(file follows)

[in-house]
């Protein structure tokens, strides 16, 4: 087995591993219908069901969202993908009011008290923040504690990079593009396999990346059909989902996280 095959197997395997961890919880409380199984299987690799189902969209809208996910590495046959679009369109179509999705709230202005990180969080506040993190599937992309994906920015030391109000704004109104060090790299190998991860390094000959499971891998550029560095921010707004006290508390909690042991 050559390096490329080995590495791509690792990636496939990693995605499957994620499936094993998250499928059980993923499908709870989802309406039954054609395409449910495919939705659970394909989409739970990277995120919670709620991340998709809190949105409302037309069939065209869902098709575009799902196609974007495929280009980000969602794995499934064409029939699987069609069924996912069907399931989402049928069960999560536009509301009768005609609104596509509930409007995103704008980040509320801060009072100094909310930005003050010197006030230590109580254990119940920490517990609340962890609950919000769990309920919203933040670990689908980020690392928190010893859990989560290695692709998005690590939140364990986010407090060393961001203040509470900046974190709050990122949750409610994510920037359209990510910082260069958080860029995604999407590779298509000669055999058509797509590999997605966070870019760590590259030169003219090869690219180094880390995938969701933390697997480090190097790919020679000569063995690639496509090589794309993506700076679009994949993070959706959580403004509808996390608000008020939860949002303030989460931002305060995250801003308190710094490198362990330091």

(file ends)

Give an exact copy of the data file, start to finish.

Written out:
[in-house]
């Protein structure tokens, strides 16, 4: 087995591993219908069901969202993908009011008290923040504690990079593009396999990346059909989902996280 095959197997395997961890919880409380199984299987690799189902969209809208996910590495046959679009369109179509999705709230202005990180969080506040993190599937992309994906920015030391109000704004109104060090790299190998991860390094000959499971891998550029560095921010707004006290508390909690042991 050559390096490329080995590495791509690792990636496939990693995605499957994620499936094993998250499928059980993923499908709870989802309406039954054609395409449910495919939705659970394909989409739970990277995120919670709620991340998709809190949105409302037309069939065209869902098709575009799902196609974007495929280009980000969602794995499934064409029939699987069609069924996912069907399931989402049928069960999560536009509301009768005609609104596509509930409007995103704008980040509320801060009072100094909310930005003050010197006030230590109580254990119940920490517990609340962890609950919000769990309920919203933040670990689908980020690392928190010893859990989560290695692709998005690590939140364990986010407090060393961001203040509470900046974190709050990122949750409610994510920037359209990510910082260069958080860029995604999407590779298509000669055999058509797509590999997605966070870019760590590259030169003219090869690219180094880390995938969701933390697997480090190097790919020679000569063995690639496509090589794309993506700076679009994949993070959706959580403004509808996390608000008020939860949002303030989460931002305060995250801003308190710094490198362990330091």